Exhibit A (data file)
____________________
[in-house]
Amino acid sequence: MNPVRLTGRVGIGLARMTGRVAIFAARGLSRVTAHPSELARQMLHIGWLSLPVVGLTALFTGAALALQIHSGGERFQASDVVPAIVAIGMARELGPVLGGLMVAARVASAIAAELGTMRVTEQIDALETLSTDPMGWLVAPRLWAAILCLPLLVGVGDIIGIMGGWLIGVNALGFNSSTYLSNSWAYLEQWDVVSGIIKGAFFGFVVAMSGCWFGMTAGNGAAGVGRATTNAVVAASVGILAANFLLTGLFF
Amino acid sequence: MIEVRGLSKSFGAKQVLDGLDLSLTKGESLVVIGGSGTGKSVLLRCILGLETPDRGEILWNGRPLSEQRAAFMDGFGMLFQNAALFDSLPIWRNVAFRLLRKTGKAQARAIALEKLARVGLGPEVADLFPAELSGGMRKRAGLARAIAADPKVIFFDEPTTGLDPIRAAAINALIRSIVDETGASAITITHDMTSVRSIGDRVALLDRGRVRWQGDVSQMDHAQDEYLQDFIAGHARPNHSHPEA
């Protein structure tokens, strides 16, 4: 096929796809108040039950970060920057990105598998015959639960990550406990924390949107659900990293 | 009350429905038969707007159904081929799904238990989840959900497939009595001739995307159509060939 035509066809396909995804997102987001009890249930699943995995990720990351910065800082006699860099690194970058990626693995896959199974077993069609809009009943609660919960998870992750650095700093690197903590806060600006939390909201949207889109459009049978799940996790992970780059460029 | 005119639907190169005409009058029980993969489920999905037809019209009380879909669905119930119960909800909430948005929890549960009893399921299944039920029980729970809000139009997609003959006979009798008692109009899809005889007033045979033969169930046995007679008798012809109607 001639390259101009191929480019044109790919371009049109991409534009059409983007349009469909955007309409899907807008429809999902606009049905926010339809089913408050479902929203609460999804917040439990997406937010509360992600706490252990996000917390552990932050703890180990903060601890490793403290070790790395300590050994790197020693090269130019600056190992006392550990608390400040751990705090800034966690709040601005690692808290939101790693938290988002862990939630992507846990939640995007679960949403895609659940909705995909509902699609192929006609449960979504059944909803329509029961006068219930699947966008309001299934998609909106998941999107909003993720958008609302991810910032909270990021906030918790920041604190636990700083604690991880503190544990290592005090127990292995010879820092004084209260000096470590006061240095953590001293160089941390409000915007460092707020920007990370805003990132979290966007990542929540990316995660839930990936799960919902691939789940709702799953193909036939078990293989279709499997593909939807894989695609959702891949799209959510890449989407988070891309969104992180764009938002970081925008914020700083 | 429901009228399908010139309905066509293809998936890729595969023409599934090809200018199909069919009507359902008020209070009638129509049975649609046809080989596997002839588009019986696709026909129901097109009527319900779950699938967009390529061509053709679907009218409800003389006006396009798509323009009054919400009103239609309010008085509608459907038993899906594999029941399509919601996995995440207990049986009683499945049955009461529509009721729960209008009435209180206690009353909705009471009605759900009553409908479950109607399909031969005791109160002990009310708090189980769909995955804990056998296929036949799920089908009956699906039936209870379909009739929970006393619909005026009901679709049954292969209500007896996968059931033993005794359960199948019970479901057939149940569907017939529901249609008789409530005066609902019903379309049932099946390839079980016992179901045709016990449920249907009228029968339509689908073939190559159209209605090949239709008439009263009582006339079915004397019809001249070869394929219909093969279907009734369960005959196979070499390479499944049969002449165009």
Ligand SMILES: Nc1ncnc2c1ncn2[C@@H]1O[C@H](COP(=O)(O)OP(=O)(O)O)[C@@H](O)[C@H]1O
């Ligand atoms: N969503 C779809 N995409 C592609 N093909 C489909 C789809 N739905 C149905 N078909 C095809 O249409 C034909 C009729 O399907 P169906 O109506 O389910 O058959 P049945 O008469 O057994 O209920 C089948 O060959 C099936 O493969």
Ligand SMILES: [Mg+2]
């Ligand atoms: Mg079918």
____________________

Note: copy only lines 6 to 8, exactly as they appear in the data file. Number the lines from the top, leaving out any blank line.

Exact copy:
């Ligand atoms: N969503 C779809 N995409 C592609 N093909 C489909 C789809 N739905 C149905 N078909 C095809 O249409 C034909 C009729 O399907 P169906 O109506 O389910 O058959 P049945 O008469 O057994 O209920 C089948 O060959 C099936 O493969």
Ligand SMILES: [Mg+2]
């Ligand atoms: Mg079918």